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Wave Of Acid Attacks On Women Rattles Iranian Officials

Recent acid attacks on women in the central Iranian city of Isfahan have apparently begun to upset Iranian authorities, but as much for the media coverage they are prompting as for the real-life effects.

Political leaders have accused both the culprits and those spreading "rumors" of the attacks of being foreign agents.

Acid attacks have been an occasional problem in the past. But several incidents that have emerged over the past few weeks in Isfahan have caused a stir. Immediate suspicions were directed at religious zealots, believed to have carried out the attacks against women who were allegedly badly veiled or driving cars.

The failure to arrest anyone usually feeds public suspicions that such zealots enjoy some level of protection from government authorities. There were nevertheless warnings in the media not to echo "hostile" reports or "point the finger" at a particular group, the BBC-Farsi reported on Oct. 28, citing Iranian media.

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A view of central Isfahan. Photo: Arad Mojtahedi

Isfahan's provincial governor was quoted as saying that no attacks were reported in the provincial capital after Oct. 15, so "all the news being reported in this respect is absolutely inaccurate," before warning the public not to gather in protest.

An Iranian judiciary spokesman Gholamhossein Mohseni-Ejei told the press in Isfahan on Tuesday that the assailants would receive "maximum penalties," but stressed that authorities "will respond to social networks threatening morals and security, like Viber and Whatsapp, which disrupt people's peace of mind with rumors."

He blamed "provocations" for having impeded investigations and prevented the identification of culprits so far, the conservative dailyKayhan reported.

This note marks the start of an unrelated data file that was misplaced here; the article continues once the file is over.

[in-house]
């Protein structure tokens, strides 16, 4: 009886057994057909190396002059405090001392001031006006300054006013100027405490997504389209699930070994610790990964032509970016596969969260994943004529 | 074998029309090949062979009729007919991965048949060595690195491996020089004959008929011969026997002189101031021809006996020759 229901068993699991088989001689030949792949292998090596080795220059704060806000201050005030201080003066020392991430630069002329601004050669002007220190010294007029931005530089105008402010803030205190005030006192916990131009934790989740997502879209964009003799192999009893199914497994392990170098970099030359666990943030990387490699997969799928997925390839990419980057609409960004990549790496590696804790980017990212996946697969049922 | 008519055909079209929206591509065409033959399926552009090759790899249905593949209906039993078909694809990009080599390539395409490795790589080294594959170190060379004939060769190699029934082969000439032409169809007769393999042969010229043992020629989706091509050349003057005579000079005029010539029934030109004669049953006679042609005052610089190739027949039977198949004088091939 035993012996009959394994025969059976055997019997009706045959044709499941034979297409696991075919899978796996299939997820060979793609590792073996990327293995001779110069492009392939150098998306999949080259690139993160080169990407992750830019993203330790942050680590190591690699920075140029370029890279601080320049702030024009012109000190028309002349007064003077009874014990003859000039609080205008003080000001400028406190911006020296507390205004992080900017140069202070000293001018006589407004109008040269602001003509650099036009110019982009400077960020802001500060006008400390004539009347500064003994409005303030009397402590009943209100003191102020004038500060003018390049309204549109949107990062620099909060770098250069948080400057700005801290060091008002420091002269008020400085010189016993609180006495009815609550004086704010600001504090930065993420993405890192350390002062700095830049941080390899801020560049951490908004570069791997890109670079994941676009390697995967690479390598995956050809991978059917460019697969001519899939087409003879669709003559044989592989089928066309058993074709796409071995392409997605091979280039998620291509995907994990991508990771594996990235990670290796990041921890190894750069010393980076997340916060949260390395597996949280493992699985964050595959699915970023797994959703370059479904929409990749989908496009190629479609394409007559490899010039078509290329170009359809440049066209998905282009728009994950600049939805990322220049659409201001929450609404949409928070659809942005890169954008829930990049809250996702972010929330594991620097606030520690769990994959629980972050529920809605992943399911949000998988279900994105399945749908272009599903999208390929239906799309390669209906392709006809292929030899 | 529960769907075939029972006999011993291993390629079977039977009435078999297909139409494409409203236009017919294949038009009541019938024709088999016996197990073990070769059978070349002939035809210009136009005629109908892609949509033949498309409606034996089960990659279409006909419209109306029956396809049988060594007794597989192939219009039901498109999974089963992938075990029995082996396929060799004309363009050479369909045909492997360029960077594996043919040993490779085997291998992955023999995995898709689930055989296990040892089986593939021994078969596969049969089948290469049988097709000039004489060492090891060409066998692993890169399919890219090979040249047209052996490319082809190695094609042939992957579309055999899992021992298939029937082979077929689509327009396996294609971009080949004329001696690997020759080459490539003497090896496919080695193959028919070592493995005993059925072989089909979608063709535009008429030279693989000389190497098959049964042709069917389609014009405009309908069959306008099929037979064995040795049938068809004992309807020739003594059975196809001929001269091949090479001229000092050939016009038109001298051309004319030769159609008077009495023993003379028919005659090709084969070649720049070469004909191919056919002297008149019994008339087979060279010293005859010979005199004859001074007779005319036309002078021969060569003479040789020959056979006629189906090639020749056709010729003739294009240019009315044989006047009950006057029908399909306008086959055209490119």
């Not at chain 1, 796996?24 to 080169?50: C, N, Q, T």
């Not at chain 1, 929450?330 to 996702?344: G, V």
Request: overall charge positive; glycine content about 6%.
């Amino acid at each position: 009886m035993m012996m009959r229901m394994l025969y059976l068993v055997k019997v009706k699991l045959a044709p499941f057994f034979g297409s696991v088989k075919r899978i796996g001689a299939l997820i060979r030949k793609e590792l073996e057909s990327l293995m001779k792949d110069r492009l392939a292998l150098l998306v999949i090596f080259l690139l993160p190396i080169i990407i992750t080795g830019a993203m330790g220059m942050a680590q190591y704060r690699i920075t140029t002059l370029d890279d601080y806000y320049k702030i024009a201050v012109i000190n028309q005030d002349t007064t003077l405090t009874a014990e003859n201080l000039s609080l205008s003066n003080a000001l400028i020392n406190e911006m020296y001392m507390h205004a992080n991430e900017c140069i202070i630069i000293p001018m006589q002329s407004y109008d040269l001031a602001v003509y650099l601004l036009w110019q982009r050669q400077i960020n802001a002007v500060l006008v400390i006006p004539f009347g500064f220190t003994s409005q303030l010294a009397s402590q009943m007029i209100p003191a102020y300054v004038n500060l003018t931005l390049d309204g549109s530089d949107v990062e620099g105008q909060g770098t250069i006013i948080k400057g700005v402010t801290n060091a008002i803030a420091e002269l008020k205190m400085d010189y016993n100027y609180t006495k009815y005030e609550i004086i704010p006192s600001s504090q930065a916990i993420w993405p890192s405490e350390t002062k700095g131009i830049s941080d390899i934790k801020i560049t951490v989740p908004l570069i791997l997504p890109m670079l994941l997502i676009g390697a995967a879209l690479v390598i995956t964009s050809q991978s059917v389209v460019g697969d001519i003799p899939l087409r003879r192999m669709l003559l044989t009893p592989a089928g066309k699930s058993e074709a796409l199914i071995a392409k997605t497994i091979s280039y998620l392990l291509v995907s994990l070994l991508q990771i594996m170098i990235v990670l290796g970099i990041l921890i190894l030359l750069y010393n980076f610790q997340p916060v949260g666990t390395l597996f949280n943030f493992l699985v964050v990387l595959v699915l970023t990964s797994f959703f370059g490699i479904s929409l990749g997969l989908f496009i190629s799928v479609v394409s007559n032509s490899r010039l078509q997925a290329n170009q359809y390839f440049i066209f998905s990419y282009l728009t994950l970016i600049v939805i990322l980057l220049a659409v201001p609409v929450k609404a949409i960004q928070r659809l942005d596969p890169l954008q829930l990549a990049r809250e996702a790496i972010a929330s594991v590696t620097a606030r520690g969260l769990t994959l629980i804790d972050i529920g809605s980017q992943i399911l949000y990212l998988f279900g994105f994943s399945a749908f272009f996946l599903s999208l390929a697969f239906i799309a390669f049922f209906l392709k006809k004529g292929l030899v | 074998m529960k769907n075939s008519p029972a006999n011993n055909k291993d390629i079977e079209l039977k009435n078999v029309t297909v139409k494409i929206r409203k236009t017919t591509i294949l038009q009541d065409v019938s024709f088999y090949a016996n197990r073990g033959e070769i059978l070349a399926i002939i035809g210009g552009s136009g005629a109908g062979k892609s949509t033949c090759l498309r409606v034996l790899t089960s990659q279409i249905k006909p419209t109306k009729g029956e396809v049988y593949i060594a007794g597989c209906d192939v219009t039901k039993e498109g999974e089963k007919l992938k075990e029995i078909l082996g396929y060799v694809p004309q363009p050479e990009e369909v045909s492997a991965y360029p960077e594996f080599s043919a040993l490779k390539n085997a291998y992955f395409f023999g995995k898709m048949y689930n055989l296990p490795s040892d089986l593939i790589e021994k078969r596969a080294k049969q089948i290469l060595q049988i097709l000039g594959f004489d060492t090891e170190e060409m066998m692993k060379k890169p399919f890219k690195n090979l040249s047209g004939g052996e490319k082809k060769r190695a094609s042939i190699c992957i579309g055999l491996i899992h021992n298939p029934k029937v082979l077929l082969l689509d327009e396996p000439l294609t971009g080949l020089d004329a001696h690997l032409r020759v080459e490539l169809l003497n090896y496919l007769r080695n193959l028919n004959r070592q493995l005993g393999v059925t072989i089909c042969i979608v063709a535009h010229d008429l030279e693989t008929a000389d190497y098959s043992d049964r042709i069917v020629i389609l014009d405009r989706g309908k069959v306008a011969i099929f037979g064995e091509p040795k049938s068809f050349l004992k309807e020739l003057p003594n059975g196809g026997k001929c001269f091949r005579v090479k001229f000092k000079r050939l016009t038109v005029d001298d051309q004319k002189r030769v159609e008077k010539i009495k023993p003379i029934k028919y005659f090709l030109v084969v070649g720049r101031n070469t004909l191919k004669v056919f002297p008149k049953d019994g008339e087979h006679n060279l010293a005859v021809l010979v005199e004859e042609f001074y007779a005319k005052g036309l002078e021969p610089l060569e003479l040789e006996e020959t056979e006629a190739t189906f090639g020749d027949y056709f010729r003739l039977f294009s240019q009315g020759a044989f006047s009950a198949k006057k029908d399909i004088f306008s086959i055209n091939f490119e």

— Ahmad Shayegan

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FOCUS: Russia-Ukraine War

A Decisive Spring? How Ukraine Plans To Beat Back Putin's Coming Offensive

The next months will be decisive in the war between Moscow and Kyiv. From the forests of Polesia to Chernihiv and the Black Sea, Ukraine is looking to protect the areas that may soon be the theater of Moscow's announced offensive. Will this be the last Russian Spring?

Photo of three ​Ukrainian soldiers in trenches near Bakhmut, Ukraine

Ukrainian soldiers in trenches near Bakhmut, Ukraine

Anna Akage

Ukrainian forces are digging new fortifications and preparing battle plans along the entire frontline as spring, and a probable new Russian advance, nears.

But this may be the last spring for occupying Russian forces.

"Spring and early summer will be decisive in the war. If the great Russian offensive planned for this time fails, it will be the downfall of Russia and Putin," said Vadym Skibitsky, the deputy head of Ukrainian military intelligence.

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Skinitysky added that Ukraine believes Russia is planning a new offensive in the spring or early summer. The Institute for the Study of War thinks that such an offensive is more likely to come from the occupied territories of Luhansk and Donetsk than from Belarus, as some have feared.

Still, the possibility of an attack by Belarus should not be dismissed entirely — all the more so because, in recent weeks, a flurry of MiG fighter jet activity in Belarusian airspace has prompted a number of air raid alarms throughout Ukraine.

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